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Alpine County, California
Sierra Nevada Mountains Ebbetts Pass, 1973

In August of 1973, I had a terrible experience on a camping trip. I lived in Oakland, California at the time and my boyfriend, John and I decided to take a long week-end camping trip in the Sierra Nevada Mtn. of CA. We took Hwy 4 until we got to Ebbetts Pass, which is about 8-9000 ft high and close to the Nevada border. At that altitude, the road was very narrow and not well maintained. We were in a very lonely place and encountered no other traffic. The place we chose to camp was on a granite outcrop on a mountain side that had just enough thin soil to put tent stakes in. The granite was bisected by the highway. The mountain sloped away to a meadow beneath us and some sparse forest. On the other side of the road was a single line of young pines and then the mountain rose steeply from there. It was all loose gravel and rocks and boulders because we were right at the timber line.

By the time it was dark, we already had the tent up and a fire going. John took a flashlight and went to the meadow below because he said we needed more wood. I was sitting by the fire, feeling utterly miserable with a raging cold that took over during the trip. After about 10 minutes sitting by myself, I became aware of something circling the campfire, taking care to stay beyond the circle of light so that I could not see what, or who it was. Occasionally I could hear a stealthy foot fall or a twig snapping. Then I could hear very low, soft, gutteral breathing noises. Whatever it was, it kept circling and I got very frightened. I took up a branch with fire on the end and as it circled the fire, I turned, following it's direction, holding the branch out like a weapon. I never did see anything. I yelled for John and there was no answer. It occurred to me that whatever, or whoever was circling the fire had gotten John. A few minutes later, John showed up and I told him what happened. We thought it was bear. I must say here that John was not the type to pull practical jokes.

We had hot dogs for dinner, which I couldn't taste or smell because of my raging cold. After about two hours at our campsite, other travelers arrived. They had one of those vans that had an awning that pulled out for camping. They camped about 40-50 feet away from us, setting up a table and chairs. I think they chose the place because we were already there and it was impossible to find any thing in the dark. At that time, there were no campgrounds in the vicinity, at least to my knowledge. We politely ignored each other. We settled down for the night in our tent. The ground was very hard and uncomfortable. I don't know how long we had been asleep. I was awakened by the most bloodcurdling sound I had ever heard. If you can imagine combining the roars of an elephant and an African lion, you would be close to describing this sound. Then I heard heavy THUMP! THUMP! THUMP! sounds, with it reverberating in the granite beneath us. The roars continued and it was getting closer. I realized the thumping sounds were the foot steps of the creature and then it dawned on me with horror, that the foot steps sounded bipedal. The other campers heard it too and they threw everything into their van and burned rubber getting out of there.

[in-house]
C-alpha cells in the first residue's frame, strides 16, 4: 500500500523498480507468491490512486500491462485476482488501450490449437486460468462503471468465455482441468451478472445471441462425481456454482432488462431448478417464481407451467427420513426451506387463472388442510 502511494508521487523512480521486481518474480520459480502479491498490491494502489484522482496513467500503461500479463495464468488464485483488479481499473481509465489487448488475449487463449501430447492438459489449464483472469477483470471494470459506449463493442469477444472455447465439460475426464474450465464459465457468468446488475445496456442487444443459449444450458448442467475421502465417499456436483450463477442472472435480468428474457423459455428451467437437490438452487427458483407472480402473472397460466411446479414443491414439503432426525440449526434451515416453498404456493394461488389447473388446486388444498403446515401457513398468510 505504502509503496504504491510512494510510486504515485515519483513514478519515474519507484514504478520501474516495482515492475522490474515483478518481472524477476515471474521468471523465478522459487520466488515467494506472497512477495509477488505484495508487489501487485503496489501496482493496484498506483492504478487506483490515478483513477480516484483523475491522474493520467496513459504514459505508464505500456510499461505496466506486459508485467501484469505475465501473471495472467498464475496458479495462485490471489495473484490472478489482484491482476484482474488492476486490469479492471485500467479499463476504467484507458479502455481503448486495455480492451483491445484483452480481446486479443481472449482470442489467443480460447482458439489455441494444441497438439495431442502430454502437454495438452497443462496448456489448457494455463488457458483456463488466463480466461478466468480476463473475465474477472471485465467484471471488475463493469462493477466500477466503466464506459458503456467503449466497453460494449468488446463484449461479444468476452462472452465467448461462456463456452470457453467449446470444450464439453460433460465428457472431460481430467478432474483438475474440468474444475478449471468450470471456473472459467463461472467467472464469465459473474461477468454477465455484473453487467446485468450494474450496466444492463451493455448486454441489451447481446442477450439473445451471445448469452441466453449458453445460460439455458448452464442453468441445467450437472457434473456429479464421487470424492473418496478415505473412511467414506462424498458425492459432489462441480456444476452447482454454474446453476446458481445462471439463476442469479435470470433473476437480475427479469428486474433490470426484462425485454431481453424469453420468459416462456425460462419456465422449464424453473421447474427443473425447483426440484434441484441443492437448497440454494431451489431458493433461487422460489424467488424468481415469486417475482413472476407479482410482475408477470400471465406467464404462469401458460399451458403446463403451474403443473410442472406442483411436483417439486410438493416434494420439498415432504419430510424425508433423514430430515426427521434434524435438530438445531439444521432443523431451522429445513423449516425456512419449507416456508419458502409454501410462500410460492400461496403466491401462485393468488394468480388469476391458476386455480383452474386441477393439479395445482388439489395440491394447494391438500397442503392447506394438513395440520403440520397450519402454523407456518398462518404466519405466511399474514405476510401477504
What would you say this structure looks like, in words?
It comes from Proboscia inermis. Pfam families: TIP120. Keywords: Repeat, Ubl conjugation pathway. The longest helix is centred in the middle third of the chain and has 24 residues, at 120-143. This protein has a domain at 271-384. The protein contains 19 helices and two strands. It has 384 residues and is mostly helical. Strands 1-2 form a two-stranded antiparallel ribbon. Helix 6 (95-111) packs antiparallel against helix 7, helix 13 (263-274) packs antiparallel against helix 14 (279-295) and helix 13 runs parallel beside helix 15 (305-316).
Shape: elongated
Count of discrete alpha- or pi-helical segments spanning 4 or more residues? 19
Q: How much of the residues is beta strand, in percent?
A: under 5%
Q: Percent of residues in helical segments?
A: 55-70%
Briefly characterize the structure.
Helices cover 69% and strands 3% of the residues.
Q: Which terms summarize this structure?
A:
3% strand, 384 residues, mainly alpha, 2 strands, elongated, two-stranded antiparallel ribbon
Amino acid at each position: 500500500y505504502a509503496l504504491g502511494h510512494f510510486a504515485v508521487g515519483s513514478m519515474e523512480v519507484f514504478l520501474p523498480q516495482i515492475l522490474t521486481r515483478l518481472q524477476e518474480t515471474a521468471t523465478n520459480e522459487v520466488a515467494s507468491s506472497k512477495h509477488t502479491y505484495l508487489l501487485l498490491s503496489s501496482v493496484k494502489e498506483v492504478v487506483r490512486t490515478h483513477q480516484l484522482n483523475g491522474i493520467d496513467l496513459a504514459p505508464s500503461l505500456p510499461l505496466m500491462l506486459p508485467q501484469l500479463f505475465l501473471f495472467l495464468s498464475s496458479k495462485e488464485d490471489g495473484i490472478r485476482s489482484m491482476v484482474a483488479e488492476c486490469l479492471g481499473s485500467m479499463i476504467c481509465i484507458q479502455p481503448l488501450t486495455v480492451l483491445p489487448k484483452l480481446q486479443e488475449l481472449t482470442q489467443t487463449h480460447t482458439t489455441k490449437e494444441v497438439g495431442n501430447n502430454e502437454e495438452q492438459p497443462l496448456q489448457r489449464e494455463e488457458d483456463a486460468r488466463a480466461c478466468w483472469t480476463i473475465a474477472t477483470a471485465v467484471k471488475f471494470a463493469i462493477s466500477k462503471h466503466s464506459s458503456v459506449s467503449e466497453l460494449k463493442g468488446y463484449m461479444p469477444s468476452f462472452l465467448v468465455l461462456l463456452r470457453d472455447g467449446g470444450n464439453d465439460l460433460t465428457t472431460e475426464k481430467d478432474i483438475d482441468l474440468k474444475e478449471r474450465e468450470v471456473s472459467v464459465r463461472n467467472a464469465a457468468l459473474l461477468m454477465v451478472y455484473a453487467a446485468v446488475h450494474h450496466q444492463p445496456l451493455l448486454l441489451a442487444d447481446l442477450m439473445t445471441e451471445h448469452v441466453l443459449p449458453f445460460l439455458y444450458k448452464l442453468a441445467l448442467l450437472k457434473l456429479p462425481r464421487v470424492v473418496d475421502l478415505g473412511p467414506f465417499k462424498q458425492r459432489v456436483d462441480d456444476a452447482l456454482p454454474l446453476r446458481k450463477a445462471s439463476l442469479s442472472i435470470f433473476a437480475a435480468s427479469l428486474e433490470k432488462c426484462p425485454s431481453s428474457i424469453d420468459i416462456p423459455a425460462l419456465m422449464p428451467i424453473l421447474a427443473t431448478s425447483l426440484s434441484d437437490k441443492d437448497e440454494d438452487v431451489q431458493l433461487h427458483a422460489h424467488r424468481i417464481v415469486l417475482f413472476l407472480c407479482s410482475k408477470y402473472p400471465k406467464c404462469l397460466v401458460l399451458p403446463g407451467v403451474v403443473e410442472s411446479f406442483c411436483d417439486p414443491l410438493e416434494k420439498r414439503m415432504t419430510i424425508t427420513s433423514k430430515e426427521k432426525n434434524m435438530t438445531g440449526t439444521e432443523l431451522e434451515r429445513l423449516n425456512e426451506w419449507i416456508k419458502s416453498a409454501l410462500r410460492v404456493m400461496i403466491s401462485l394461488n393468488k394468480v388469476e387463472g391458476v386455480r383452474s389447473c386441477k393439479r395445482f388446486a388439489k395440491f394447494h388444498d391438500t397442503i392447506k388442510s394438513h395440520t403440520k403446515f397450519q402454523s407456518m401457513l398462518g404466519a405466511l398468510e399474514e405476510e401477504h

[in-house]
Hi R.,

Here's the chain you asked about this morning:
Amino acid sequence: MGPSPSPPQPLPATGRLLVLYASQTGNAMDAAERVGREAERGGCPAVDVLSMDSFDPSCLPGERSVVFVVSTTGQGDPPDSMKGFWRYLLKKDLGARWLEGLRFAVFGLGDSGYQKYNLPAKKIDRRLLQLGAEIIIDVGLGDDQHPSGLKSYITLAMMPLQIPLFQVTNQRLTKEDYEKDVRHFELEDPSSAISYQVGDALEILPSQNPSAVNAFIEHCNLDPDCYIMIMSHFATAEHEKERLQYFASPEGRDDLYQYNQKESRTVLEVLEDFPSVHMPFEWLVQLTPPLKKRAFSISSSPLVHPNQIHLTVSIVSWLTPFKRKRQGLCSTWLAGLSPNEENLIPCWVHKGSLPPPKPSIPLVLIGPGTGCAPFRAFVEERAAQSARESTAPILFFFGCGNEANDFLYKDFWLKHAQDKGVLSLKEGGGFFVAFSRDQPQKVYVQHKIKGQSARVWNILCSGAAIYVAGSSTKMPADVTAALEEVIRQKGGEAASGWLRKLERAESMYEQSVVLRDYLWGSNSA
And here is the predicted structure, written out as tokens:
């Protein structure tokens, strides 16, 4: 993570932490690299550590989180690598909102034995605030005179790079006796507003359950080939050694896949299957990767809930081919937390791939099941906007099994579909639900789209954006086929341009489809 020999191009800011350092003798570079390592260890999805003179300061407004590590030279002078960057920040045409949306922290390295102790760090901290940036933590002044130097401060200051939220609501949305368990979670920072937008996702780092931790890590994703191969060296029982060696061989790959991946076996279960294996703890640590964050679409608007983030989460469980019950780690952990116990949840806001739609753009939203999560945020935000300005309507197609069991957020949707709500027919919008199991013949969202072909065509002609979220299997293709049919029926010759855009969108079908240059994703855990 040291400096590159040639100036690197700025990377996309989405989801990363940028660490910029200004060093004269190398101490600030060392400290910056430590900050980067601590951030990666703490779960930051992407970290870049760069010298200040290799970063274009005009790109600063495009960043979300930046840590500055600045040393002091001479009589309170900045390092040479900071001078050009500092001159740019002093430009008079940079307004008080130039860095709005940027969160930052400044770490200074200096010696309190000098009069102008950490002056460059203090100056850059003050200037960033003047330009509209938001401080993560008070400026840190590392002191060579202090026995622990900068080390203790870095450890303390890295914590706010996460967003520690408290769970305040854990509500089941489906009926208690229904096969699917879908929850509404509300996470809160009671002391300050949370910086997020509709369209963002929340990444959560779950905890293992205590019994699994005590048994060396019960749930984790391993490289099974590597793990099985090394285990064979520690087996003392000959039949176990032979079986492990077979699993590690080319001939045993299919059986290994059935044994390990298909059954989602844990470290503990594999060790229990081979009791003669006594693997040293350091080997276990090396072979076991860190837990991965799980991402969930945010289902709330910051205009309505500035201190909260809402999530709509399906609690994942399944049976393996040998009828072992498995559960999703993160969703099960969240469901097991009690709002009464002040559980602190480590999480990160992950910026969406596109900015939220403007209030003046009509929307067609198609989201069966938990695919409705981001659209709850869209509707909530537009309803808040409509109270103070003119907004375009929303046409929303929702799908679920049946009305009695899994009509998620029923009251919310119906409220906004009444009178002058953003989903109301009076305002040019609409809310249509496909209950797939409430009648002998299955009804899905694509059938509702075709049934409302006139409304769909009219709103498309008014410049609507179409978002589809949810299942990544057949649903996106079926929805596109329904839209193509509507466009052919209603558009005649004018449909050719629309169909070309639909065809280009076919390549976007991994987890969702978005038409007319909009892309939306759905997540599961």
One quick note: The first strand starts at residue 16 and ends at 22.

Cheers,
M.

Whatever it was, it was coming closer and closer and it seemed to me to be enraged. I was so frightened that I was shaking uncontrollably and tears were streaming down my face. I tried to get John to start the car, and he wouldn't budge. (it occurred to me later that John was petrified with fear) Rocks were rolling down the mountain slope and we could hear timber snapping. We could also hear low growling noises. It got to the road directly opposite us and we could hear loud cracking noises. And then, mercifully, a lone car appeared on the highway, it's lights scaring off whatever it was. It ran up the mountain, roaring in rage, the ground beneath us vibrating with it's very running step. We stayed up the rest of the night and it never came back. I tried to get John to leave; it was his car we were in., but he refused. The next morning we did see a black bear that went ambling past us, completly indifferent to us.

I had the presence of mind to look for foot prints, but found none. However, a young pine across the road from us, which was about 10-12 feet tall had been broken off at about three feet up from the

Five years later,in 1978, I was persuaded to tell my story to someone introduced to me by the name of George, who lived in Oakland. [the late George Hass?] George told me had been researching Bigfoot for many years. When I told him what happened, he asked if I happened to be having my period at the time of the trip. I replied yes, and he told me that a Bigfoot had been attracted to us because of that. He believed everything I said and told me my experience was a classic Bigfoot encounter, or words to that effect. I did not stay in touch with George and I don't know what happened to him.

This experience was really frightening and I would rarely talk of it. I have seen documentaries about Bigfoot and this had made me recall my experience. Some research has now made me a confirmed
armchair "Bigfooter". I've read alot about the stench of Bigfoot. I think the reason I did not smell anything on that camping trip was because of the severe cold I had. I remember being very disappointed that I could not taste the hot dogs! I live in Modesto, CA and it would not be difficult for me to get to Ebbetts Pass again. I think I may do that soon.

You have my permission to include this account of of my trip in your newsletter. Please do not reveal my e-mail address. Thank you for "listening" and all your hard work.

Mary Brown
Modesto, California
Submitted Sunday, January 06, 2002 12:21 AM